STATEMENT OF CHANGES IN FINANCIAL POSITION (SCFP): CASH BASIS
The statement of change in financial position based on working capital is of immense use in long-range financial planning. The long-term financing and investment activities are specifically portrayed. The net working capital requirements (in one lump sum amount) are shown as a residual figure. However, the working capital concept may conceal or exclude too much. It treats increases in inventories and accounts receivable as equivalent to increase in cash. Likewise, an increase in accounts payable and accrued expenses are treated as equivalent to an increase in bank overdraft. This is not a correct treatment. In fact, accrued expenses like wages and salaries may become payable in the next 10 days or so; sundry creditors bills may fall due for payment during the next one month, whereas bank overdraft may be for a longer period of say three months or even more. Similarly, inventories and accounts receivable undergo a transformation before they become money assets (cash).
It is possible that there is sufficient net working capital as revealed by the statement of changes in financial position and yet the firm may be unable to meet its current liabilities as and when they due. It may be due to a sizable piling up of inventories and an increase in debtors caused by a slow-down in collections. The firm's failure to meet its short-term commitments, in spite of its sound long-range financial position and adequate profitability, may plunge it into technical insolvency. Therefore, in making plans for the more immediate future (short-range financial planning), the management is vitally concerned with a statement of cash flows which provides more detailed information. Such a statement is useful for the management to assess its ability to meet obligations to trade creditors, to pay hank loans, to pat interest to debenture holders and dividends to its shareholders.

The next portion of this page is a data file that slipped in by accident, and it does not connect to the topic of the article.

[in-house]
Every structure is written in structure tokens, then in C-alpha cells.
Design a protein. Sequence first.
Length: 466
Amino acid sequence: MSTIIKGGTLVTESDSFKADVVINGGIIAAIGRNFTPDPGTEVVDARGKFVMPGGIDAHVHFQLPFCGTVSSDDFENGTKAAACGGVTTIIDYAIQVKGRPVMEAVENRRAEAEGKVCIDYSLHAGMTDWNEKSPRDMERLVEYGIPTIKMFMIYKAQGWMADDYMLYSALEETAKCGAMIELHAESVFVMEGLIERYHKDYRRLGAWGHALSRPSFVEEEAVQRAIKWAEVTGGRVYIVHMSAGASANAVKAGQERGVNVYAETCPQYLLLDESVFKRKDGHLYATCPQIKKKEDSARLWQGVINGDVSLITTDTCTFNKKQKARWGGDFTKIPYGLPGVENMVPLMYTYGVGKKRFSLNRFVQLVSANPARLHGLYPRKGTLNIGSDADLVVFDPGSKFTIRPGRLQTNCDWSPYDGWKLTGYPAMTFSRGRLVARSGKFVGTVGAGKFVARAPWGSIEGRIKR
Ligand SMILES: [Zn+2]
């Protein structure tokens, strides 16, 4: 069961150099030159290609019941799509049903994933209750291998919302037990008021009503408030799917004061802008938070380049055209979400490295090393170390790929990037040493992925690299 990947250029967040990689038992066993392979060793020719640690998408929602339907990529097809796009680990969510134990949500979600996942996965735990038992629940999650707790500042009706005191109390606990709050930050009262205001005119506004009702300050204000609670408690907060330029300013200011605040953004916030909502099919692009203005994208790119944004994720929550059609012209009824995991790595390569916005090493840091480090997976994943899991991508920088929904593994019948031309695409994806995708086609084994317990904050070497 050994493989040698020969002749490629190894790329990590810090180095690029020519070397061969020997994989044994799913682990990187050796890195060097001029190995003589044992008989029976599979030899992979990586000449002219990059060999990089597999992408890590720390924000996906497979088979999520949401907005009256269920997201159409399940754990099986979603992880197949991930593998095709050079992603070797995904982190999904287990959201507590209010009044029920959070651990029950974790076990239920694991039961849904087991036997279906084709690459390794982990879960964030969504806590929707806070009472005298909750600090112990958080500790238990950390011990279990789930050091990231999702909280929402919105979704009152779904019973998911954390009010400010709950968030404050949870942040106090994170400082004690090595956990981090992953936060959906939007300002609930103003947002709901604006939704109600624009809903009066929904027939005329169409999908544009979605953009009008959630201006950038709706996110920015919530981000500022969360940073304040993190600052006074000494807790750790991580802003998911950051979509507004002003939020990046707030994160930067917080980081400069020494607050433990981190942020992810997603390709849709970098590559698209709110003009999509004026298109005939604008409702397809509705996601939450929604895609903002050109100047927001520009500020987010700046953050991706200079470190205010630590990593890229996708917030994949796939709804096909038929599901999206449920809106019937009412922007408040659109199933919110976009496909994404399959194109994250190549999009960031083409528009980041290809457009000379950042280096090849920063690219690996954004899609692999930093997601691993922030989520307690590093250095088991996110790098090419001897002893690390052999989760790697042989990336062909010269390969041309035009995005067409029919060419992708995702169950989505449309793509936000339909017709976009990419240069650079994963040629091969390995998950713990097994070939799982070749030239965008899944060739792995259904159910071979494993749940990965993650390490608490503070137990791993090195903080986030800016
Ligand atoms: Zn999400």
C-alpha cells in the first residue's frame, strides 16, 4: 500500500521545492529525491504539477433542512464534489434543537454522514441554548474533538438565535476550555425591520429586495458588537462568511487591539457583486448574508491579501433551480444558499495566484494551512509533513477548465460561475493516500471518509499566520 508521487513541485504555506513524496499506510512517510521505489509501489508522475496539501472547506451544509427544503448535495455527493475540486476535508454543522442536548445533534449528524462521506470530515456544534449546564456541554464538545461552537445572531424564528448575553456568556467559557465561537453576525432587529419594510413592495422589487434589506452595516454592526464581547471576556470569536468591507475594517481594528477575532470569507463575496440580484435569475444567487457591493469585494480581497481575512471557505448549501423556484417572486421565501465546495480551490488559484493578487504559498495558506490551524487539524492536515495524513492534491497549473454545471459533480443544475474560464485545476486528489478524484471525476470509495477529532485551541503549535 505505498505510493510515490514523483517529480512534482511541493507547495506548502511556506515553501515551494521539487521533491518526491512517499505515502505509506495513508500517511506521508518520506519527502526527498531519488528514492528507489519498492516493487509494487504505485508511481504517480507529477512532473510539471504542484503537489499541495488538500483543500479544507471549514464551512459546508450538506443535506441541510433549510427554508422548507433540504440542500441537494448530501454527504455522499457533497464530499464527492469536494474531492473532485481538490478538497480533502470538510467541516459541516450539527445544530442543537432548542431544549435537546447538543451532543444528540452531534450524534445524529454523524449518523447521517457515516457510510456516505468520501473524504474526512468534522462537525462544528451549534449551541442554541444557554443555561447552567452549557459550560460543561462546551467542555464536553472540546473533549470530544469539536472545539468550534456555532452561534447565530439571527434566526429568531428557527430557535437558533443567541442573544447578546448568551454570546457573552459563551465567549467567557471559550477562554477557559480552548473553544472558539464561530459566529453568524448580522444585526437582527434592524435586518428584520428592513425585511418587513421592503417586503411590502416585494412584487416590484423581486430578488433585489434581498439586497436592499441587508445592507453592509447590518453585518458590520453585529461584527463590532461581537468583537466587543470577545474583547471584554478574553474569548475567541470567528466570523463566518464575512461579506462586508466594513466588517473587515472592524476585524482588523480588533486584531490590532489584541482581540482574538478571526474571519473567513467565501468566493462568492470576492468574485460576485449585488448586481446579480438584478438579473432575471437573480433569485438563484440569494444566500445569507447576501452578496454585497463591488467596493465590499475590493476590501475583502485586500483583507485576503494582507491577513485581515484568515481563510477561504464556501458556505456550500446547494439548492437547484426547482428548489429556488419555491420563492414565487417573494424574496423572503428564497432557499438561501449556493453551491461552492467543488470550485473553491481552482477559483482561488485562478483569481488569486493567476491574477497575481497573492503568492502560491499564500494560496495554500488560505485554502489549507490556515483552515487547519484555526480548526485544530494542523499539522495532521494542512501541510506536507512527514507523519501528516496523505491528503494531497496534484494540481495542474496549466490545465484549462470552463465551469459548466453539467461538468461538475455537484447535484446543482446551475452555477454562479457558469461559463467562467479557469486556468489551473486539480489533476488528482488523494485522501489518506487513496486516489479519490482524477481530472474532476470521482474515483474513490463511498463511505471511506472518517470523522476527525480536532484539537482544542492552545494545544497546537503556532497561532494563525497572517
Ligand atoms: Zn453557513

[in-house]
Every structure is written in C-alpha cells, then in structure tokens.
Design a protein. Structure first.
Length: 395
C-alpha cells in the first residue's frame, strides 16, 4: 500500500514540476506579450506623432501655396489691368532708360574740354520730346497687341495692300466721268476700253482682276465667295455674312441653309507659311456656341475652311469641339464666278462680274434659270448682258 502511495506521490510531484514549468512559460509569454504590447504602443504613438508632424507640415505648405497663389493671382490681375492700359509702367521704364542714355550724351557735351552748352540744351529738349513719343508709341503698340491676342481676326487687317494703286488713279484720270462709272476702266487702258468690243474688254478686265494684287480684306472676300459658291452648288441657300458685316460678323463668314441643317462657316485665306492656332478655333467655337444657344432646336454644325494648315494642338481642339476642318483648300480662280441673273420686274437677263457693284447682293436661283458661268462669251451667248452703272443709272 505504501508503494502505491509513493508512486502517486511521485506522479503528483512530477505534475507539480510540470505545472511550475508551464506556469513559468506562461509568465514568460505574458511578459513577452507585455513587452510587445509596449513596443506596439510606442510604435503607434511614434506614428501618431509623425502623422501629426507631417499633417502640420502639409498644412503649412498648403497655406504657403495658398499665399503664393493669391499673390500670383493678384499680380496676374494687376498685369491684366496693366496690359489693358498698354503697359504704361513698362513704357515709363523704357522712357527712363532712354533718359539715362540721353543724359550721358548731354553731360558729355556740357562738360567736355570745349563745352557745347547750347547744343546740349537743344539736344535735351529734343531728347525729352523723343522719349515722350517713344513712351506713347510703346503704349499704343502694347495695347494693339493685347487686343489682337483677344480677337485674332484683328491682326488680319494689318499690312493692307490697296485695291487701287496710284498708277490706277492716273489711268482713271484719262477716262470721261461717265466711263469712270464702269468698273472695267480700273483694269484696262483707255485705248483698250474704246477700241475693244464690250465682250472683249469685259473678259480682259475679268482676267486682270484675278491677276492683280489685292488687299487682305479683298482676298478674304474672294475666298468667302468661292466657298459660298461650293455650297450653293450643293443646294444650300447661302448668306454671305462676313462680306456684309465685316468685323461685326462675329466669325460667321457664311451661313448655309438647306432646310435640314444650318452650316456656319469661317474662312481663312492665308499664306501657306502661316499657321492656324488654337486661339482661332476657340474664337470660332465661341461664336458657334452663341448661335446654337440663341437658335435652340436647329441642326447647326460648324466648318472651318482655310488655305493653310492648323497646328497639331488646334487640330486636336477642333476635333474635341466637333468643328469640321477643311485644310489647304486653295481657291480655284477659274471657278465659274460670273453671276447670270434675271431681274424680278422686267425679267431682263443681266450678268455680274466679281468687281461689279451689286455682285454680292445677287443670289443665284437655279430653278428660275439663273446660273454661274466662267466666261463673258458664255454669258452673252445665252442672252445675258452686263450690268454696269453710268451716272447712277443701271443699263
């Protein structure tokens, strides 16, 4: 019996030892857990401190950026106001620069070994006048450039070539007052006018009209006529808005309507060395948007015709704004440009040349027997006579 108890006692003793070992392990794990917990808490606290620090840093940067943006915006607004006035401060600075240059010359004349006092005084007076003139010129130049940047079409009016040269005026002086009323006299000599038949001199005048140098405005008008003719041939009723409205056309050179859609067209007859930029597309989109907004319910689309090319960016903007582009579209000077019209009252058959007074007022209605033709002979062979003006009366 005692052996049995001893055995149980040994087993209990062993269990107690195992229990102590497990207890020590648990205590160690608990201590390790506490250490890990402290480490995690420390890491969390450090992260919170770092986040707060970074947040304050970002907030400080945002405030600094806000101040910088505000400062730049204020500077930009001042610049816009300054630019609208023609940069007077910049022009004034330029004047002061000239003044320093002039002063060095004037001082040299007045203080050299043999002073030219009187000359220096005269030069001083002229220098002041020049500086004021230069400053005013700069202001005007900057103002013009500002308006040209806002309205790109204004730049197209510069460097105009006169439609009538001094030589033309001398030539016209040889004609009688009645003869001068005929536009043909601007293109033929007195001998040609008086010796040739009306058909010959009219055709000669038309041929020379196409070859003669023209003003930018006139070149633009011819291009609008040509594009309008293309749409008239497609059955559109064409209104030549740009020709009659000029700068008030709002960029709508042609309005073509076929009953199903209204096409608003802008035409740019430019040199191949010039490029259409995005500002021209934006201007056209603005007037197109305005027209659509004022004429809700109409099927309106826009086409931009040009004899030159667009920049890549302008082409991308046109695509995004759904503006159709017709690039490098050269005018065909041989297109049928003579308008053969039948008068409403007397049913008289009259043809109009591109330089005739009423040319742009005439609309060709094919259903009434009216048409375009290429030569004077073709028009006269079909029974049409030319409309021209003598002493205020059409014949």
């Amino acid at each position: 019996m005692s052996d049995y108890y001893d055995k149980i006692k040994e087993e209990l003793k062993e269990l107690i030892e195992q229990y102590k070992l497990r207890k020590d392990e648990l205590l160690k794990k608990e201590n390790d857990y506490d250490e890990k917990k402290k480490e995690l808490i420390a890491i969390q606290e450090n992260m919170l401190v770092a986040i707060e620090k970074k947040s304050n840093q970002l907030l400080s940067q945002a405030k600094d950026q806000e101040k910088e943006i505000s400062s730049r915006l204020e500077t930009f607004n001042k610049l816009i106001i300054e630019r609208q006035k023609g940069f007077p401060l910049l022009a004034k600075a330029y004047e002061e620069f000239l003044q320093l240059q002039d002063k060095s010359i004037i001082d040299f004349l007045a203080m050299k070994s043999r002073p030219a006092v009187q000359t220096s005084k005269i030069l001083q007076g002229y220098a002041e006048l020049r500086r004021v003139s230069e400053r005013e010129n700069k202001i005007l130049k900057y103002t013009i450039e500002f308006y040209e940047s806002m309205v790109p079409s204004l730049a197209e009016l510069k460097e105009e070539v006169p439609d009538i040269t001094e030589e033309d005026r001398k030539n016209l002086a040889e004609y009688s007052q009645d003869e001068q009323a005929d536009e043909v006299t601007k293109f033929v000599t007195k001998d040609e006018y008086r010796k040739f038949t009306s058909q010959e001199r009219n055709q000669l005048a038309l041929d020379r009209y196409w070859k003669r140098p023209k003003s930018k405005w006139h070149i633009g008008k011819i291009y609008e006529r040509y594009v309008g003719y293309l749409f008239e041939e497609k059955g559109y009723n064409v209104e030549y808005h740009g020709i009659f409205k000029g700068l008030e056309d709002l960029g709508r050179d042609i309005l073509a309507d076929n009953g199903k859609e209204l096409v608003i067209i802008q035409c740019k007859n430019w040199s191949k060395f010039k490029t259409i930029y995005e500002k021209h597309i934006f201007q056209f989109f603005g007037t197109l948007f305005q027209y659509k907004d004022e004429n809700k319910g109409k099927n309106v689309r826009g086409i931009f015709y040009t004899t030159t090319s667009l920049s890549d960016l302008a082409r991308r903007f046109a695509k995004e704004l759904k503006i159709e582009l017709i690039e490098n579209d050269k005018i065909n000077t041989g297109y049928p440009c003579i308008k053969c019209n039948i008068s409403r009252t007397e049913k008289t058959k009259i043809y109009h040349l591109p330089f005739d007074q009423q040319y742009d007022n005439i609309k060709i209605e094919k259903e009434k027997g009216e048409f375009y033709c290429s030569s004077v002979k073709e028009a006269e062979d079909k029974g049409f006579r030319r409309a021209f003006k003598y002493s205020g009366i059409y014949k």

Furthermore, the projected cash flow statements prepared month-wise or so'(which are constructed like the funds statement) can be useful in presenting information of excess cash in some months and shortage of cash in others. By making available such information in advance, the statement of cash flows enables the management to revise its plans. In the months when cash receipts arc expected to be greater than cash payments, bank overdraft can be repaid, short-term government securities can be purchased, cash discount can be availed of and so on. Likewise, in the months when cash payments are expected to exceed receipts, the firm would be required to arrange for hank overdraft or sell its marketable securities.
In essence, cash flow statements are statements of changes in financial position prepared on the basis of funds defined as cash or cash-equivalents. In short, cash flow statements summarize sources of cash inflows and uses of cash outflows of the rum during a' particular period of time.